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As some conservative politicians seek to shield children from LGBTQ+ content in schools, now others want to keep them from accessing it on TV.
Five Republican U.S. senators, led by Roger Marshall of Kansas, sent a letter Wednesday to the TV Parental Guidelines Advisory Board asking it to update its rating system in light of "disturbing content" in children's shows.
"In recent years, concerning topics of a sexual nature have become aggressively politicized and promoted in children's programming, including irreversible and harmful experimental treatments for mental disorders like gender dysphoria," the letter says. It disregards the fact that treatments given to transgender youth are not experimental, irreversible, or harmful.
"Recently, a video emerged showing a prominent executive at children's entertainment giant Disney saying she supports having 'many, many, many LGBTQIA+ characters in our stories,'" the letter continues. "To the detriment of children, gender dysphoria has become sensationalized in the popular media and television with radical activists and entertainment companies. This radical and sexual sensation not only harms children, but also destabilizes and damages parental rights."
The senators also note Disney's opposition to Florida's recently enacted "don't say gay" law, restricting classroom instruction on sexual orientation and gender identity. Many LGBTQ+ activists and allies, including Disney employees, found the company's opposition weak and belated, however.
A press release from Marshall's office says the letter is "in response to Disney's latest campaign to embed left-wing sexual politics in its children's programming."
The advisory board, created by the Telecommunications Act of 1996, has a voluntary rating system for TV shows, noting if they contain content that might be inappropriate for children of various ages. The senators say anything addressing sexual orientation or gender identity is "wholly inappropriate" for shows with the TV-Y7 rating, meaning they're recommended for children age 7 and older.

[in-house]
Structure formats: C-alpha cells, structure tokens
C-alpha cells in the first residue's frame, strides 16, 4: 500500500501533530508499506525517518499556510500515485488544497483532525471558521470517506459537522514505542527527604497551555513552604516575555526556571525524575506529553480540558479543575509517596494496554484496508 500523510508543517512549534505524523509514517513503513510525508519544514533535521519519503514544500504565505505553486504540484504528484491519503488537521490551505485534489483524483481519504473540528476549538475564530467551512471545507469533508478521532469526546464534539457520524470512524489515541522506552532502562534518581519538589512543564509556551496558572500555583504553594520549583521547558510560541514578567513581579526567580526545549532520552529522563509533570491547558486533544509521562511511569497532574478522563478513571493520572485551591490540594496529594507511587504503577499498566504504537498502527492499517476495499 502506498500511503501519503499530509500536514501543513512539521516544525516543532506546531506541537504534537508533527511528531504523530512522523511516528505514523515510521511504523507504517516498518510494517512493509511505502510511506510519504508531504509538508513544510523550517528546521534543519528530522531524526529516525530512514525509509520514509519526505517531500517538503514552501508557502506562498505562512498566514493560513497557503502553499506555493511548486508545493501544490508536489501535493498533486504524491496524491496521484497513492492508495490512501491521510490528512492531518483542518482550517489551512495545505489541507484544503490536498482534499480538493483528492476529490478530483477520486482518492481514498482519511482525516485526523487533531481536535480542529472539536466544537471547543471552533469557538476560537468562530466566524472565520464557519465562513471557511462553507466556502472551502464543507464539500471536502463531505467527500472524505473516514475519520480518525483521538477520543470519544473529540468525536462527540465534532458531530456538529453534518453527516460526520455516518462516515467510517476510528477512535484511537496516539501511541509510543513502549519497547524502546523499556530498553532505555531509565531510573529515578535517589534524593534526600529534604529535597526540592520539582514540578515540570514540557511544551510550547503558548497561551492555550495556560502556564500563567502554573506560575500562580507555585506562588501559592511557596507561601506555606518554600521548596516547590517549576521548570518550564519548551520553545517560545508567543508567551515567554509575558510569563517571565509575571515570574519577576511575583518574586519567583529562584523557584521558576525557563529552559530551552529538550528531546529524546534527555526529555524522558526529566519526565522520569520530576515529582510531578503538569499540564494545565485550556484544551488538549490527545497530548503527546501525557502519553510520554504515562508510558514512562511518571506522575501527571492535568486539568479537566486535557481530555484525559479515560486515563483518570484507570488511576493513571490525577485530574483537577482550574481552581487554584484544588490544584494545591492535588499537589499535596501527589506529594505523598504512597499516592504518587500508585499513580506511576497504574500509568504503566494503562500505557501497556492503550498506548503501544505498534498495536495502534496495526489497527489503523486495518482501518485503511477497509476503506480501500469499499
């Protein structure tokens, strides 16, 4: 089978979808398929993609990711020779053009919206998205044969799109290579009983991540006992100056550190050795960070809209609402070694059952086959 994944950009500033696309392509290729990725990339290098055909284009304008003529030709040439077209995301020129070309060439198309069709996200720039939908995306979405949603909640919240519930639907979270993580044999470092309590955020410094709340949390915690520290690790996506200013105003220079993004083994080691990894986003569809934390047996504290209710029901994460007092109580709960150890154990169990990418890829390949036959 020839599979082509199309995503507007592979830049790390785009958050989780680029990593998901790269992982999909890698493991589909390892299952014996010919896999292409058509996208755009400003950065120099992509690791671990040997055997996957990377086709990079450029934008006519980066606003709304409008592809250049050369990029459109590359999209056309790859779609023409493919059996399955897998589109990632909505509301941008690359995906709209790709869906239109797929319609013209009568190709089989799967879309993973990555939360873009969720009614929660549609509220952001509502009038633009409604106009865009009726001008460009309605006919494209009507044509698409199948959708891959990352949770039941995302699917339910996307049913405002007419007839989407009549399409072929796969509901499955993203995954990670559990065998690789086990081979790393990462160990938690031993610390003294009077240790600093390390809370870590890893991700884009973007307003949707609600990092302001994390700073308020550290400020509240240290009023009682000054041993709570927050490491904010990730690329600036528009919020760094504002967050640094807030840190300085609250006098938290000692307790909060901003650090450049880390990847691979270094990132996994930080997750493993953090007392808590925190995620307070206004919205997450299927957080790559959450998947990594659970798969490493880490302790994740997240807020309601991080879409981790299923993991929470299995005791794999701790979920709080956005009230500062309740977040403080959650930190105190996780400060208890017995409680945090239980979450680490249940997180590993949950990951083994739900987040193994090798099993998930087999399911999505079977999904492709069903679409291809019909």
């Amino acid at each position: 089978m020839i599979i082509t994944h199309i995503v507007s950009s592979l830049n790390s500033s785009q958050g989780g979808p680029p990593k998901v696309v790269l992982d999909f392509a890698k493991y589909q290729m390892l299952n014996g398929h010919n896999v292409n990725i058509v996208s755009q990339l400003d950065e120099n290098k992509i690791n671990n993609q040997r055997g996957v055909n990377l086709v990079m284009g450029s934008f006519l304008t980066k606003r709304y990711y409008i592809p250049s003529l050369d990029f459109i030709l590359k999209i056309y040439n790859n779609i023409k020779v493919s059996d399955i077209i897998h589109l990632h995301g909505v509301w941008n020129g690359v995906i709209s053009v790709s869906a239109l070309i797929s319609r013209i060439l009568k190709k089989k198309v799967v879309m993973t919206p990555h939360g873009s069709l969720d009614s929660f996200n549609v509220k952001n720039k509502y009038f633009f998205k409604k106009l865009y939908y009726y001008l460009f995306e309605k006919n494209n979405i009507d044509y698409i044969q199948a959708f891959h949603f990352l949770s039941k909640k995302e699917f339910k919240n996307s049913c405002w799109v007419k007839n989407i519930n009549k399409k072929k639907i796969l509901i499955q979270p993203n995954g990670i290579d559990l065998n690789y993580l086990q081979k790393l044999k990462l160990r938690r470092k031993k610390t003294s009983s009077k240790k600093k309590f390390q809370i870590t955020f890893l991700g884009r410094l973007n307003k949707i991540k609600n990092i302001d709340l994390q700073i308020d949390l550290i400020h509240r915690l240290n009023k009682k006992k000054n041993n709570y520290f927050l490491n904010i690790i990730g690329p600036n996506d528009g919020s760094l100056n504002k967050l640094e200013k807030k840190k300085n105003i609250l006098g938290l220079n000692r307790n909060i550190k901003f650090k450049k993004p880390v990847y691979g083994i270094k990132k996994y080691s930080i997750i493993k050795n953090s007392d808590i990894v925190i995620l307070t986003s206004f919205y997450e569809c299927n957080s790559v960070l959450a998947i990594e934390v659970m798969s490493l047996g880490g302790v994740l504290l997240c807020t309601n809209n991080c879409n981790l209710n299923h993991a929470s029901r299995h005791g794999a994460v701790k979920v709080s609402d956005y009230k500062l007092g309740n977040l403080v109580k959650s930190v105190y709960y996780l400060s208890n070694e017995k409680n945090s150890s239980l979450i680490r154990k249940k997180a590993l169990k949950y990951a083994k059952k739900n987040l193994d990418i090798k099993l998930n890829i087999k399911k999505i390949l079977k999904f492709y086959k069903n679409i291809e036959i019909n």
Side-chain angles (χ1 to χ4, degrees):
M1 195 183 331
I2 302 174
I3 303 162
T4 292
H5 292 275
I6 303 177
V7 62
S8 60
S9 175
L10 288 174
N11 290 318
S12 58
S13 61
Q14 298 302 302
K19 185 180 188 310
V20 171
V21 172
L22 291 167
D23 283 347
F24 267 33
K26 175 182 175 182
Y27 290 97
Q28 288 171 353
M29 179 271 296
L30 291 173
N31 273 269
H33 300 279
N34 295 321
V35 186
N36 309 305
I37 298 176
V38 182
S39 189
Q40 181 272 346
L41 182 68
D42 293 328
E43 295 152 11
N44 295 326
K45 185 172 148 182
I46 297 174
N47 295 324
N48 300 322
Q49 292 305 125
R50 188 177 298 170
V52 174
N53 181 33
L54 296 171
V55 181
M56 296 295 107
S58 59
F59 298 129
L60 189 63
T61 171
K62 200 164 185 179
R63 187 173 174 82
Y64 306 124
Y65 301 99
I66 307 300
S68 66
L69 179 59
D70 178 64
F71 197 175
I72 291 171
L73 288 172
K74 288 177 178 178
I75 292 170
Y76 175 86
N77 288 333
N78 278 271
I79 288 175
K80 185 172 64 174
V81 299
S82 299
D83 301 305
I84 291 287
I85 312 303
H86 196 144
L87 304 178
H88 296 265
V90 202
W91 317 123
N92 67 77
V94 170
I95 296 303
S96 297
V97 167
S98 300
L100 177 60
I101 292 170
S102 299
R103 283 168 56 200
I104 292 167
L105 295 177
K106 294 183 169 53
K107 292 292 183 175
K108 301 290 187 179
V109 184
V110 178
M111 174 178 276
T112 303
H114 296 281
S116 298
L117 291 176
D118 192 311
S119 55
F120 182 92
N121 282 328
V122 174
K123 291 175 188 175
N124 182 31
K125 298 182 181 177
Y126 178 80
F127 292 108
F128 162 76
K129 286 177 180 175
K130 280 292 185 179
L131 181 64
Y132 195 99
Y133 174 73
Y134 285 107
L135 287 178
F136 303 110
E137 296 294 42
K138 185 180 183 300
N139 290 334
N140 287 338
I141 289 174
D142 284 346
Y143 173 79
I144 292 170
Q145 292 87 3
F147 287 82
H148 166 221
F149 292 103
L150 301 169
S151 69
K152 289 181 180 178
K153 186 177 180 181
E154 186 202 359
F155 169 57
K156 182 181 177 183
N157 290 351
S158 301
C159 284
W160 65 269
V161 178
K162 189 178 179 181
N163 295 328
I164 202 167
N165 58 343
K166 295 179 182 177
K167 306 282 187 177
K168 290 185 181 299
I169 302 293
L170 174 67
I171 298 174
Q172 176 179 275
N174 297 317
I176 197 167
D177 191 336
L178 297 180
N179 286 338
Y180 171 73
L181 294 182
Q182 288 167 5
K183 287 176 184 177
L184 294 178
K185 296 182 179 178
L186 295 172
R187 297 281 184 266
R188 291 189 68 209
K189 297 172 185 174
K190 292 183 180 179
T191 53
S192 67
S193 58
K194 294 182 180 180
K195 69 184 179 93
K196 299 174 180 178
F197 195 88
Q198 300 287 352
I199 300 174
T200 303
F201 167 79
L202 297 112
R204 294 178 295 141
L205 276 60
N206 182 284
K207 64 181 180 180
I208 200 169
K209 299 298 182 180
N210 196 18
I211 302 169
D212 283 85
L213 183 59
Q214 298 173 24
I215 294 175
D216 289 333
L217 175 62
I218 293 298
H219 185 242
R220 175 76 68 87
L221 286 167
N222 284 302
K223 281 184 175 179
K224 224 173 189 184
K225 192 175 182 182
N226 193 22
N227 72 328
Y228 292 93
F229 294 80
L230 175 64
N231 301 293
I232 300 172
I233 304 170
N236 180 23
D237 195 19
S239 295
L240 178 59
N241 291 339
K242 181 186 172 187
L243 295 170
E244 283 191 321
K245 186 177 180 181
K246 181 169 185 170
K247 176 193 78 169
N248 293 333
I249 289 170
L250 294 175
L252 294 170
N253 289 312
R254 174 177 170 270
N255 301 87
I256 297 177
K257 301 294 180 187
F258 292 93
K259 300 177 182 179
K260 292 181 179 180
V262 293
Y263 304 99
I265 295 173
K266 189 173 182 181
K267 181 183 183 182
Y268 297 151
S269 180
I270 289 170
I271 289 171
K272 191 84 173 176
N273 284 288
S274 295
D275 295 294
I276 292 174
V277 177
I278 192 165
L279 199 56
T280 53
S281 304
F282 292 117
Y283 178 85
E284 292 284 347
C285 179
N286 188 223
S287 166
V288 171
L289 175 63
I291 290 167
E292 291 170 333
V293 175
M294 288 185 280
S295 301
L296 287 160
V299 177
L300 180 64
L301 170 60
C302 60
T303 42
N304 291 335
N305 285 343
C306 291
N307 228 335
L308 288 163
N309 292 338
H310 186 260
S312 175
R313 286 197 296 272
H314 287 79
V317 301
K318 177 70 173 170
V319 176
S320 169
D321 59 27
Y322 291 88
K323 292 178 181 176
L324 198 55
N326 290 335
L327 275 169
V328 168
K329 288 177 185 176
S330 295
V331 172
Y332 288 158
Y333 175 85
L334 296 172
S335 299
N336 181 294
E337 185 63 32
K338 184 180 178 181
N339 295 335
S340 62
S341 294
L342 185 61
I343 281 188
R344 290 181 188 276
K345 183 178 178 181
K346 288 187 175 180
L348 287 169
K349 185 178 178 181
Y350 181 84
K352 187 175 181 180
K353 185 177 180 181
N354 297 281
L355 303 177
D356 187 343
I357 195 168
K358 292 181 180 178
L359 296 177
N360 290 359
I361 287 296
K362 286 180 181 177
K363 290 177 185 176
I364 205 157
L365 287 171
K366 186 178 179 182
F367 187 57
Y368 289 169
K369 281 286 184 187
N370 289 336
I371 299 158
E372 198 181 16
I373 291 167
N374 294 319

Asked by The Kansas City Star for examples of kids' programs with such content, Marshall's staff mentioned Danger Force, The Loud House, She-Ra and the Princesses of Power, and the upcoming Dead End: Paranormal Park. She-Ra and the Princesses of Power, for instance, was an animated series that included a nonbinary character, Double Trouble, voiced by nonbinary actor Jacob Tobia. New episodes are no longer being produced, but the show can still be viewed on Netflix and other services. Dead End, coming to Netflix in June, features a trans teen voiced by trans actor Zach Barack.
Marshall's staff also "cited a casting notice from Pixar seeking a voice actor for a transgender character and the fact that Disney is one of four companies airing a public service announcement featuring a family with a transgender child," the Star reports.
The senators ask for a response to the letter by May 18, plus an in-person meeting with members of the advisory board. In addition to Marshall, the signers are Mike Lee of Utah, Mike Braun of Indiana, Steve Daines of Montana, and Kevin Cramer of North Dakota.
LGBTQ+ activists and others are denouncing the senators' move. "We've seen enough of Kansas politicians beating up on trans kids and the LGBT community," Tom Witt, executive director of Equality Kansas, told the Star. "We certainly don't need Washington, D.C., senators joining in to use these kids as political punching bags."
The Indiana Democratic Party issued a statement on Braun's involvement, TV station WTHR reports: "There should be a warning label put up every time Mike Braun goes on TV because his antics are more about extreme partisanship and debunked conspiracies than actually creating a better future for all Hoosiers. Mike Braun sure seems to care a lot about other people's love lives -- from telling LGBTQ Hoosiers how they should act to believing that interracial marriages should be voided. Democrats join with the majority of Hoosiers and Americans in telling Mike Braun: get a life!"